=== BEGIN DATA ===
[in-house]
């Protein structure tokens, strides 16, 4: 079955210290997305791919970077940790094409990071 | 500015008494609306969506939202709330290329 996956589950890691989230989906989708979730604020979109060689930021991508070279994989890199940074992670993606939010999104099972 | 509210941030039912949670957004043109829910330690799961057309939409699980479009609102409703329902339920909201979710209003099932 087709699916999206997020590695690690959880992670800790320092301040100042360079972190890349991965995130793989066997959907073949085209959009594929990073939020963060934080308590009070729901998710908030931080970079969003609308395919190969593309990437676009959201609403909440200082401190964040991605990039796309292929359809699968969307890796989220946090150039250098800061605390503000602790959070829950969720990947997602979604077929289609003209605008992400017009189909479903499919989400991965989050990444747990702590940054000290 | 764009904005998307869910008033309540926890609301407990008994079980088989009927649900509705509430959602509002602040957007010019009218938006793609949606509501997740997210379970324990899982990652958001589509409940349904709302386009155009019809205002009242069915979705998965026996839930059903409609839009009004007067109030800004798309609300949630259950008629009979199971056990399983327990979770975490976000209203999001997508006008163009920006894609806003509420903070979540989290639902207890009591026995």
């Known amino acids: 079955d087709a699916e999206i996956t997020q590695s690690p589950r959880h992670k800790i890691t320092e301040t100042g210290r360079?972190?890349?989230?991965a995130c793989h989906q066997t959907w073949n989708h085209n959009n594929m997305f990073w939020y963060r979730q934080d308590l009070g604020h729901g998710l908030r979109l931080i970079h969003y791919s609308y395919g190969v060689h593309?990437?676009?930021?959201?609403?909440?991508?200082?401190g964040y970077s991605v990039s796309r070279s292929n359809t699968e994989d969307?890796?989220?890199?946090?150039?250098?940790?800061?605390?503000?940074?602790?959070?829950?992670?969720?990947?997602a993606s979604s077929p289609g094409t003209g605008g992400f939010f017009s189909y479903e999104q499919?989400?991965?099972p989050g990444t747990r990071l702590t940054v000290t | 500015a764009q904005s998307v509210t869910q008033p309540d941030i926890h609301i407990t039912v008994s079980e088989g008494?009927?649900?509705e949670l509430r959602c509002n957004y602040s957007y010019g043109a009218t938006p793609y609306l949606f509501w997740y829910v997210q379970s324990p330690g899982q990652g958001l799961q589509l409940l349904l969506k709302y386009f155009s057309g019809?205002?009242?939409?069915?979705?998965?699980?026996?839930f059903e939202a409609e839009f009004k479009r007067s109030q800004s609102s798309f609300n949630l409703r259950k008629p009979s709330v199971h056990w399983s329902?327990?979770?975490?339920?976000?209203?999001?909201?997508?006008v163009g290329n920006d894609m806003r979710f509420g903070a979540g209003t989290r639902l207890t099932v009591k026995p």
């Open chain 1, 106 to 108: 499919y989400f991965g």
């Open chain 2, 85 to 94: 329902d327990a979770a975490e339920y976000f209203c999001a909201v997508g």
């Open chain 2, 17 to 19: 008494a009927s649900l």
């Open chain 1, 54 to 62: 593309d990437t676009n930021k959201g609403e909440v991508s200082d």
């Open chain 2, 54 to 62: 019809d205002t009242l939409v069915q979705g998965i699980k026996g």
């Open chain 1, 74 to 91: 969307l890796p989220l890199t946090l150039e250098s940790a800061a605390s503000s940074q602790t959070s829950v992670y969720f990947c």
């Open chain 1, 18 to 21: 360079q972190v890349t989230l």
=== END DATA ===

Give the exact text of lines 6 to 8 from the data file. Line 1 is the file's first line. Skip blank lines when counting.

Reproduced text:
């Open chain 2, 17 to 19: 008494a009927s649900l």
């Open chain 1, 54 to 62: 593309d990437t676009n930021k959201g609403e909440v991508s200082d």
């Open chain 2, 54 to 62: 019809d205002t009242l939409v069915q979705g998965i699980k026996g």